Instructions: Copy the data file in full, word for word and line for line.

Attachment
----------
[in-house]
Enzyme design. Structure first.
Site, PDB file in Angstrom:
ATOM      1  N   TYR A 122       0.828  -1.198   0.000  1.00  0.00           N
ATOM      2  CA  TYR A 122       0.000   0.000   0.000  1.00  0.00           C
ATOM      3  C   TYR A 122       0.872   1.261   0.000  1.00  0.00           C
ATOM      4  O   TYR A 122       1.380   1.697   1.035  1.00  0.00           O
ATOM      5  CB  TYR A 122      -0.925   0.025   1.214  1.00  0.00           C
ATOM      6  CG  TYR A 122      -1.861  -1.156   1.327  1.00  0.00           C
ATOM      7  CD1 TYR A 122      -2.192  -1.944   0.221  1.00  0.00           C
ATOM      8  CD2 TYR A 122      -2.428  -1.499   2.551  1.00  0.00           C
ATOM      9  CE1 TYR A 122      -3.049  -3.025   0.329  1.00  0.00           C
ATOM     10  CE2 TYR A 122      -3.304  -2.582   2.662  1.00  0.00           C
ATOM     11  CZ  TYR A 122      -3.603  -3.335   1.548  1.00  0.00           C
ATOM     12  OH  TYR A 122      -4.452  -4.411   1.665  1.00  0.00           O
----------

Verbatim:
[in-house]
Enzyme design. Structure first.
Site, PDB file in Angstrom:
ATOM      1  N   TYR A 122       0.828  -1.198   0.000  1.00  0.00           N
ATOM      2  CA  TYR A 122       0.000   0.000   0.000  1.00  0.00           C
ATOM      3  C   TYR A 122       0.872   1.261   0.000  1.00  0.00           C
ATOM      4  O   TYR A 122       1.380   1.697   1.035  1.00  0.00           O
ATOM      5  CB  TYR A 122      -0.925   0.025   1.214  1.00  0.00           C
ATOM      6  CG  TYR A 122      -1.861  -1.156   1.327  1.00  0.00           C
ATOM      7  CD1 TYR A 122      -2.192  -1.944   0.221  1.00  0.00           C
ATOM      8  CD2 TYR A 122      -2.428  -1.499   2.551  1.00  0.00           C
ATOM      9  CE1 TYR A 122      -3.049  -3.025   0.329  1.00  0.00           C
ATOM     10  CE2 TYR A 122      -3.304  -2.582   2.662  1.00  0.00           C
ATOM     11  CZ  TYR A 122      -3.603  -3.335   1.548  1.00  0.00           C
ATOM     12  OH  TYR A 122      -4.452  -4.411   1.665  1.00  0.00           O